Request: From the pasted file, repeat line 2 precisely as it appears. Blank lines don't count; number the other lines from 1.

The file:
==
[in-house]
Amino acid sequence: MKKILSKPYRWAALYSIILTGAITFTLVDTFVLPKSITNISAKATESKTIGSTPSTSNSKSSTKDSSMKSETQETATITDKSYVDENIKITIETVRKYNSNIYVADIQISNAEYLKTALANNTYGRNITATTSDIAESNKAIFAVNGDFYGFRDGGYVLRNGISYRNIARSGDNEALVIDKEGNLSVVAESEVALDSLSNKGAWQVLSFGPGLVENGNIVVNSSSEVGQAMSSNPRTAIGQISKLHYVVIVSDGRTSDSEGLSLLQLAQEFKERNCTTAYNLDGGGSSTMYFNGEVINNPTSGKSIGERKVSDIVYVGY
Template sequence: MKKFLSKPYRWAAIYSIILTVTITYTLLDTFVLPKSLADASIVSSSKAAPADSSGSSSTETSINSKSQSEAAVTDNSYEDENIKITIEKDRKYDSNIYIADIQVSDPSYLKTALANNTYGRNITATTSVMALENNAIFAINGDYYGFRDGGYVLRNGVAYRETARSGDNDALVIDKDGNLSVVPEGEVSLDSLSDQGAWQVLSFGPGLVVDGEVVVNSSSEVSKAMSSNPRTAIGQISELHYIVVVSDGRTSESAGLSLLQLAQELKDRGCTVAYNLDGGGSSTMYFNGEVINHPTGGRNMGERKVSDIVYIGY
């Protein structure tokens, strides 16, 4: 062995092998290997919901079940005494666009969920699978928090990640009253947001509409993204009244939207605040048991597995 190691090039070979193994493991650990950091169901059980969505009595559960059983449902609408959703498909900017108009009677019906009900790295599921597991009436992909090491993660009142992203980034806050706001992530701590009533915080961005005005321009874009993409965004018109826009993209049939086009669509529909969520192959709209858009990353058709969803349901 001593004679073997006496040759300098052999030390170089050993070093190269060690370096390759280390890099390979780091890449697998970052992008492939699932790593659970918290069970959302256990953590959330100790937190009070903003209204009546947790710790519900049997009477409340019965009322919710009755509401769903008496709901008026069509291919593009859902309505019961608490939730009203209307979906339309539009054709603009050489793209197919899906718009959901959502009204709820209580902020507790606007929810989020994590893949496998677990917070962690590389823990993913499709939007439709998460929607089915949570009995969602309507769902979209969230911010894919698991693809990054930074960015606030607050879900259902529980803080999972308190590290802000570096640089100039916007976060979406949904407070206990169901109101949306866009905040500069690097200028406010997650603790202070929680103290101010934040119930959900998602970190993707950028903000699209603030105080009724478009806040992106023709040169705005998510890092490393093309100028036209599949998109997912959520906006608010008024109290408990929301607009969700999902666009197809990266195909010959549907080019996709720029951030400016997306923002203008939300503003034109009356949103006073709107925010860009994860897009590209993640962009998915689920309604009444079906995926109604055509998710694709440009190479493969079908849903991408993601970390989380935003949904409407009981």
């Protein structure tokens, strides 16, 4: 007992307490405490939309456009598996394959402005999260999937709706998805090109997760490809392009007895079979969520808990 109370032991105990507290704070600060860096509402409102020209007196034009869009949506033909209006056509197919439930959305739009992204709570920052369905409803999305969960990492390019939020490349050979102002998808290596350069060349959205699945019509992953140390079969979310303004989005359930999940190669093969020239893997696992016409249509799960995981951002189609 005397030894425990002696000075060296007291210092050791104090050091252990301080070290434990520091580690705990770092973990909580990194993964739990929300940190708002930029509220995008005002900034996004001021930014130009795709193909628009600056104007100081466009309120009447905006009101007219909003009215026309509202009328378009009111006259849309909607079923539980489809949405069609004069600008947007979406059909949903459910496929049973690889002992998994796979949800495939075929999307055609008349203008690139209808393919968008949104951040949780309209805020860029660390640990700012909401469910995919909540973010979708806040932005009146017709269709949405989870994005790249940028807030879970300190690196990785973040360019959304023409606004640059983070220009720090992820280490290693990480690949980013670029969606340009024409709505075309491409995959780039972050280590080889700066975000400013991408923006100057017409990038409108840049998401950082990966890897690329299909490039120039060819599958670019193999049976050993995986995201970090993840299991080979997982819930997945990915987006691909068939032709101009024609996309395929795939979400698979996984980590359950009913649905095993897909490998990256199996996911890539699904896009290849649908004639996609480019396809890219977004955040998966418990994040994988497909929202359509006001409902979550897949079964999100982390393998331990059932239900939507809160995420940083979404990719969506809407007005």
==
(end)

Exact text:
Amino acid sequence: MKKILSKPYRWAALYSIILTGAITFTLVDTFVLPKSITNISAKATESKTIGSTPSTSNSKSSTKDSSMKSETQETATITDKSYVDENIKITIETVRKYNSNIYVADIQISNAEYLKTALANNTYGRNITATTSDIAESNKAIFAVNGDFYGFRDGGYVLRNGISYRNIARSGDNEALVIDKEGNLSVVAESEVALDSLSNKGAWQVLSFGPGLVENGNIVVNSSSEVGQAMSSNPRTAIGQISKLHYVVIVSDGRTSDSEGLSLLQLAQEFKERNCTTAYNLDGGGSSTMYFNGEVINNPTSGKSIGERKVSDIVYVGY